When it comes to the NBA’s stars, Adam Silver has been open about addressing the anxiety NBA players face under the microscope. They’ve also done wonders for player rest, limiting back-to-backs. However, when it comes to the well-being of its social media employees, the league allegedly still has work to do. At least, that’s what a former NBA social media manager, Dean Joannou, explained on the league’s Facebook account months after leaving his former employer.
After some brief guerilla advertising for his own media consulting business, Joannou explained the conditions that led him to quit.
“How do I log out of this? Haven’t worked here in weeks. Anyway, the NBA overextends its social media employees greatly to the detriment of their health and social lives for a salary of less than $50k annually after taxes. I worked 14-hour shifts without breaks at times. Shoutout Adam Silver. We don’t get health insurance until 90 days on the job! That’s silly, isn’t it? Glad I resigned, no need for a job to get in the way of your happiness. Donate to mental health causes,” he wrote on the league’s official page.
Joannou, who is now the social content manager for TheKnicksWall, left his position with the NBA after only six months, which seems to track with the NBA’s record of hiring contractors throughout the season.
The NBA’s social media operation is second to none, but clearly, they have issues that need addressing among its employees who carry the burden from its Secaucus offices, who are being worked to the bone for low wages in one of the most expensive regions in the country. We often talk about the NBA as a player-driven league, but the NBA’s social media is a major part of the expansion of the league domestically, and especially internationally, where fans who can’t watch live in primetime consume digital content.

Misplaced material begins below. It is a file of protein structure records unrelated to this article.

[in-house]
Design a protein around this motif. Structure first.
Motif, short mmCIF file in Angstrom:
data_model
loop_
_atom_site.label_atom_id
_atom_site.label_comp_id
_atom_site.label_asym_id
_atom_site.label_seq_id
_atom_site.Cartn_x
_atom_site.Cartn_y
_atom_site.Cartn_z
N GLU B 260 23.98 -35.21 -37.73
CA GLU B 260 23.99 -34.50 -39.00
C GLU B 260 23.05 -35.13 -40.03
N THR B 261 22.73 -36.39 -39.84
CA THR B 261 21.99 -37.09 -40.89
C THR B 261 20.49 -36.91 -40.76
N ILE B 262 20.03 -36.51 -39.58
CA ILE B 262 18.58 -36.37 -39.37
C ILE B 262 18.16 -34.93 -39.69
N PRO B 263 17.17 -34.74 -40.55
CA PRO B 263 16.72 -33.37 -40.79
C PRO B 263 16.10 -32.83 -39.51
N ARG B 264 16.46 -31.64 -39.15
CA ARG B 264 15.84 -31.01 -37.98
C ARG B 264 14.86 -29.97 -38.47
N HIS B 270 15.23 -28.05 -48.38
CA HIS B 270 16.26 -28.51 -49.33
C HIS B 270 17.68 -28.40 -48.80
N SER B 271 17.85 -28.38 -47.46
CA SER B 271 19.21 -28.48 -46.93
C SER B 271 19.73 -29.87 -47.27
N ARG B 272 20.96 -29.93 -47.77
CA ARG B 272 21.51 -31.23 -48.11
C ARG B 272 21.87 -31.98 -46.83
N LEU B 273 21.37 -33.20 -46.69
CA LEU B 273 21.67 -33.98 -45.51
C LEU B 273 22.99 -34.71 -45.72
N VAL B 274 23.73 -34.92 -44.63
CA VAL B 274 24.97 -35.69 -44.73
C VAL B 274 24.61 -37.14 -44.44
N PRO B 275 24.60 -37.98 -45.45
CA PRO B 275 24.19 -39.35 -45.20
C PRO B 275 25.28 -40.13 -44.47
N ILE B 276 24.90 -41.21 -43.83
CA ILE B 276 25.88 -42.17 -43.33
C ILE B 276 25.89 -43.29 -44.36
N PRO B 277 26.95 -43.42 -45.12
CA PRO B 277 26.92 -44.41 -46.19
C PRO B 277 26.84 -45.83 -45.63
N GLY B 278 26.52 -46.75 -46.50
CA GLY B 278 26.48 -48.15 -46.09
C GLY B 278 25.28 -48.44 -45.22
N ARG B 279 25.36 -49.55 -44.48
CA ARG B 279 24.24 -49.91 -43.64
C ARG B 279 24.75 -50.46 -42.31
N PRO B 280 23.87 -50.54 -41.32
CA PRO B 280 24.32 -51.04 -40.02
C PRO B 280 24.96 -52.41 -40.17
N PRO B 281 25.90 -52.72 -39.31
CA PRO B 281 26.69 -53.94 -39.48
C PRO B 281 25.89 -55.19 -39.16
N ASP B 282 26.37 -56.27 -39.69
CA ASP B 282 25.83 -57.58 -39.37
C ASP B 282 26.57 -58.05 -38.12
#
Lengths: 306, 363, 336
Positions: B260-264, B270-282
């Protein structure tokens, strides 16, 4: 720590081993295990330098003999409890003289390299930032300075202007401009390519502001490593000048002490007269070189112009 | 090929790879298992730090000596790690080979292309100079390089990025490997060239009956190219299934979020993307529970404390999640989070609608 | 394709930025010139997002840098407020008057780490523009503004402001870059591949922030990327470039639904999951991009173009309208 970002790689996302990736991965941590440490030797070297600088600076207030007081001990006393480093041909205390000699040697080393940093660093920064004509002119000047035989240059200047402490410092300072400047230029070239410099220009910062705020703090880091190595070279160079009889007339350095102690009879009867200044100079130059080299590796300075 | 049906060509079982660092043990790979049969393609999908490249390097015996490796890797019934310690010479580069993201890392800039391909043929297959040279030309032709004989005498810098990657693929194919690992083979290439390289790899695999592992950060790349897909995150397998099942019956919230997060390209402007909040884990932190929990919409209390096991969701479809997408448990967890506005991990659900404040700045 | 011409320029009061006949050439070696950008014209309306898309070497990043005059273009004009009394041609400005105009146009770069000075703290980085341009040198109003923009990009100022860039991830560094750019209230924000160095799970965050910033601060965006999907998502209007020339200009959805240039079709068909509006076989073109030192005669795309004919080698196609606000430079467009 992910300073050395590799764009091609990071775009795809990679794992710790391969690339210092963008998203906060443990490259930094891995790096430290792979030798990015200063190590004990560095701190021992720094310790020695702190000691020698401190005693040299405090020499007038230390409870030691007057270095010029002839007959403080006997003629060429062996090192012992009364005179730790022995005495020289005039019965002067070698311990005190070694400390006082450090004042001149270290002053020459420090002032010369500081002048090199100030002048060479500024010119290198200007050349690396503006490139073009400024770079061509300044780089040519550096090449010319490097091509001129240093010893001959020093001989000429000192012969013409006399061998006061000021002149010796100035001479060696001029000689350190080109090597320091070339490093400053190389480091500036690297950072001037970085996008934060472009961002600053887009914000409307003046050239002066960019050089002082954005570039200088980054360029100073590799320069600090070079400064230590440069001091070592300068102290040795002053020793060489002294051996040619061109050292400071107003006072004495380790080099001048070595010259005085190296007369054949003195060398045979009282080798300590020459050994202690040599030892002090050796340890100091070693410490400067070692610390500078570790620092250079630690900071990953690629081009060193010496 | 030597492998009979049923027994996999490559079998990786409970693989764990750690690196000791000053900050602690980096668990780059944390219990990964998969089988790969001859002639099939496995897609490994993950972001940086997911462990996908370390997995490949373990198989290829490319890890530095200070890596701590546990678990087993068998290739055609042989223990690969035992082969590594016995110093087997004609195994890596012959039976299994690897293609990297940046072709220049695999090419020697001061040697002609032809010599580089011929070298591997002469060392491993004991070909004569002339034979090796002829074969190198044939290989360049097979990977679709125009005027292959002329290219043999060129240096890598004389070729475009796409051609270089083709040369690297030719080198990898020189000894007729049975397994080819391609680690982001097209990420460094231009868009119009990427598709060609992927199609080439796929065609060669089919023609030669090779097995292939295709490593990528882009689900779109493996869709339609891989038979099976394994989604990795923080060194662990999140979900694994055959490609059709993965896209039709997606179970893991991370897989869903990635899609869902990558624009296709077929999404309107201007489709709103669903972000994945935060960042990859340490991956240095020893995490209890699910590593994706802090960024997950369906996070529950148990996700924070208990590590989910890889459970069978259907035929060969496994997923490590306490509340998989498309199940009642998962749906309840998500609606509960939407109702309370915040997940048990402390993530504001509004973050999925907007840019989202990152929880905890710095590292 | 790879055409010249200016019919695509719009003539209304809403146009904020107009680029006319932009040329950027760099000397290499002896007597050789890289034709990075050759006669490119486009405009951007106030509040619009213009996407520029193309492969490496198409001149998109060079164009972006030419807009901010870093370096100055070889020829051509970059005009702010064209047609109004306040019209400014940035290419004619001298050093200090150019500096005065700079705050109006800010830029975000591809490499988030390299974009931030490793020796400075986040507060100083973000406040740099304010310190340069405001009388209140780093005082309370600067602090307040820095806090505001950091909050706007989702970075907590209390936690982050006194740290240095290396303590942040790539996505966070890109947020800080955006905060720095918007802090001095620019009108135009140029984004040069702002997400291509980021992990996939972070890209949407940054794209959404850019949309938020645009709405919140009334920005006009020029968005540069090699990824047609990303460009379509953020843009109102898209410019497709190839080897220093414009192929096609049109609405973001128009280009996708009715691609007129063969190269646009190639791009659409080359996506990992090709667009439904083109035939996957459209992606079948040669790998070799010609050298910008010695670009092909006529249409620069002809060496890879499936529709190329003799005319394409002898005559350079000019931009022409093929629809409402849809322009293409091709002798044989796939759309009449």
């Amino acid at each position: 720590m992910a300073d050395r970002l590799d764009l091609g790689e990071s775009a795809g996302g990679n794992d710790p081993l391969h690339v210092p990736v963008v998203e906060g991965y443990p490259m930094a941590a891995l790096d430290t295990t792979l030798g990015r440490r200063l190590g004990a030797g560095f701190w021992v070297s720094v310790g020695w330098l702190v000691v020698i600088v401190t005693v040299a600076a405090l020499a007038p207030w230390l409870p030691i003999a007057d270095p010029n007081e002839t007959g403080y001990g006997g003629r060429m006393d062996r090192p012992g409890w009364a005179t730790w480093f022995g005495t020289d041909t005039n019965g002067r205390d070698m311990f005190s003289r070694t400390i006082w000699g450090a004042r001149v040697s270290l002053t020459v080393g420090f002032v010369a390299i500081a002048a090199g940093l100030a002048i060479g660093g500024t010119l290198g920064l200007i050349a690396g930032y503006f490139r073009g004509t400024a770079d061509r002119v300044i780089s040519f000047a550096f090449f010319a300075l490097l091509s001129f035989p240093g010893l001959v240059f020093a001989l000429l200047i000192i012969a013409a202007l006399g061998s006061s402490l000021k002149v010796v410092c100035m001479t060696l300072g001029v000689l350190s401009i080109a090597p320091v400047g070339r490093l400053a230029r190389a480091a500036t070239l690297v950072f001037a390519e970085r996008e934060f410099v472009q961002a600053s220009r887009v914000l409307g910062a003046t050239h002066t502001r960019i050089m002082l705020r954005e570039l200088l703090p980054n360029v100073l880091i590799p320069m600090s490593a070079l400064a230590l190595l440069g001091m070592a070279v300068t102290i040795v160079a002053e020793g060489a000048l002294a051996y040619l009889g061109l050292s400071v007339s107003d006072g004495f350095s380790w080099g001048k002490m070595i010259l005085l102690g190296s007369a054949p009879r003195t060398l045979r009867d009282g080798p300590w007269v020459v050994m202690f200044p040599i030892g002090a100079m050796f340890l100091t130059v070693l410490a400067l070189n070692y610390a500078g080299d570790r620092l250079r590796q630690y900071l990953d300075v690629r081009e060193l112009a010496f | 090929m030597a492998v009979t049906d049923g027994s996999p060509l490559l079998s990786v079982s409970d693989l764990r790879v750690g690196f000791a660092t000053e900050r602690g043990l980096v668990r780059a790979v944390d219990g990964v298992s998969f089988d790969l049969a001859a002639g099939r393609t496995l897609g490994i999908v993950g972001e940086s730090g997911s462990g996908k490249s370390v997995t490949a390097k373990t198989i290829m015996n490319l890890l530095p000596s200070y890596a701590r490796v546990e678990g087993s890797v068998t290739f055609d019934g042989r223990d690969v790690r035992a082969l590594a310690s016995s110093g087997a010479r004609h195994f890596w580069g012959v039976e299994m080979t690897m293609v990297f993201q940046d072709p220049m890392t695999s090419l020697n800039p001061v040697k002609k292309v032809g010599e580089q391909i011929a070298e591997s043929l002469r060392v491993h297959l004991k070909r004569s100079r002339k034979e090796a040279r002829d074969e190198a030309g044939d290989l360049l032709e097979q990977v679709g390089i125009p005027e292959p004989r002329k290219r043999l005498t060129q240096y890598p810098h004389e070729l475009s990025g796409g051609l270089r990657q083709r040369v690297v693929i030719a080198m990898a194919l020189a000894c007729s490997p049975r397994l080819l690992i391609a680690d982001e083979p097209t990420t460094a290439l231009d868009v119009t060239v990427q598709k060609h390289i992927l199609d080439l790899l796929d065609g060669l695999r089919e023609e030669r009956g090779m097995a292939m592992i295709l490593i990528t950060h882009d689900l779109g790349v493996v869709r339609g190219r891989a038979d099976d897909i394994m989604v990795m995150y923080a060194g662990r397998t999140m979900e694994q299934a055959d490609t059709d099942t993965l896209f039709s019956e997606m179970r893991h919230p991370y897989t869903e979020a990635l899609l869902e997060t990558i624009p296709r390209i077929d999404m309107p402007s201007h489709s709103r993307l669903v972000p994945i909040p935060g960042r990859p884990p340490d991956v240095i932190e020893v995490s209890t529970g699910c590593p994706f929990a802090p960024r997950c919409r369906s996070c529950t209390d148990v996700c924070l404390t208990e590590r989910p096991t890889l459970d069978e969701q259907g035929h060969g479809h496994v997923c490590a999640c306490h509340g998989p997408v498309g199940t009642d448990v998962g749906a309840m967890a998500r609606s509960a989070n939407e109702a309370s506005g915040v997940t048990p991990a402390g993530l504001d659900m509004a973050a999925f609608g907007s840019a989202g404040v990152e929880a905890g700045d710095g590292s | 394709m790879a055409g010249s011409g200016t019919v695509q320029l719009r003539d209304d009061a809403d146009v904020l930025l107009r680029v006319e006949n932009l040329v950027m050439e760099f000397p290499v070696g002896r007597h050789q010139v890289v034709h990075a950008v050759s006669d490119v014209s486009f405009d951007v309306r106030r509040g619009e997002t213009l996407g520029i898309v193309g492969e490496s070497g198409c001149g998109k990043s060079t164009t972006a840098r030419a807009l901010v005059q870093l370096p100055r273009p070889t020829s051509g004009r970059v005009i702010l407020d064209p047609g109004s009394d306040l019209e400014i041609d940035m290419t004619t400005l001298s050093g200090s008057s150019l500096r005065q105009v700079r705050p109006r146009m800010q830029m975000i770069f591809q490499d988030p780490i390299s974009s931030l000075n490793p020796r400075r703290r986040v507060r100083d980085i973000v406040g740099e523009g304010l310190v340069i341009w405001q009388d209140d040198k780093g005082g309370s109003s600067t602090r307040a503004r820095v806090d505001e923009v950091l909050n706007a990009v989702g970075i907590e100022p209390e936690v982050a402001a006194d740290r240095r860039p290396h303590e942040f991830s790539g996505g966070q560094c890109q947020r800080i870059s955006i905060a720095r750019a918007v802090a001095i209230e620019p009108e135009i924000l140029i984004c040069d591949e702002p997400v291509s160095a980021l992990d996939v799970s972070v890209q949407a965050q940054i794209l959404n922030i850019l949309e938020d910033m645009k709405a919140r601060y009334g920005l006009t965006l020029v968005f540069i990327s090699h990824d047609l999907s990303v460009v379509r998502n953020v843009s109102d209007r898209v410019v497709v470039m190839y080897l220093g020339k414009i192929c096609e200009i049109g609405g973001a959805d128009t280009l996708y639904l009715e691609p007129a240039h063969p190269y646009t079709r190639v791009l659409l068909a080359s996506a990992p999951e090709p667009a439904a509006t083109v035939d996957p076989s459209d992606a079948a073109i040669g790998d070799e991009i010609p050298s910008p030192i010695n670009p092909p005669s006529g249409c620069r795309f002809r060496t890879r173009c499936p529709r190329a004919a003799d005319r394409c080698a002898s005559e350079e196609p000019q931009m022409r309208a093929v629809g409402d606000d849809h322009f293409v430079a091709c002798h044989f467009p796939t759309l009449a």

For a league that’s preparing to earn somewhere in the ballpark of $75 billion in its next series of media TV rights deals, the vital members of its social media arm shouldn’t be working 14-hour days for emaciated paychecks.
In July, after the conclusion of the NBA Finals, the NBA laid off dozens of short-term and long-term employees as part of a restructuring centered on positions that reportedly did not directly generate income. According to the NBA’s Chief Communications Officer Mike Bass, the objective was to reallocate resources toward digital operations.
In April, the NBA was touting its multiplatform digital strategy, which generated a record 18 billion views across YouTube, Instagram, Twitter, the NBA App, and elsewhere during the 2022-23 season. Eighteen billion views require quite a lot of manpower and hours. However, many of those social leads are part-timers or contractors, whom the league renews or shuffles out every six months. If the NBA is also working these employees to their limit, that would explain why they rely so heavily on staffers they can quietly rotate out at the end of the season.
The NBA has yet to comment on Joannou’s broadside against the working conditions for its social content producers, and they’ll likely hope this goes away, but you can be sure the NBA will act faster to become more vigilant about protecting its passwords from former employees in the future. Joannou’s whistleblowing should be a wake-up call to the league about the mental strain they’re putting on its digerati workforce. A portion of that response should also be to compensate their most valued internal employees who are raising the value of their product behind the scenes as well.
Follow DJ Dunson on Twitter: @cerebralsportex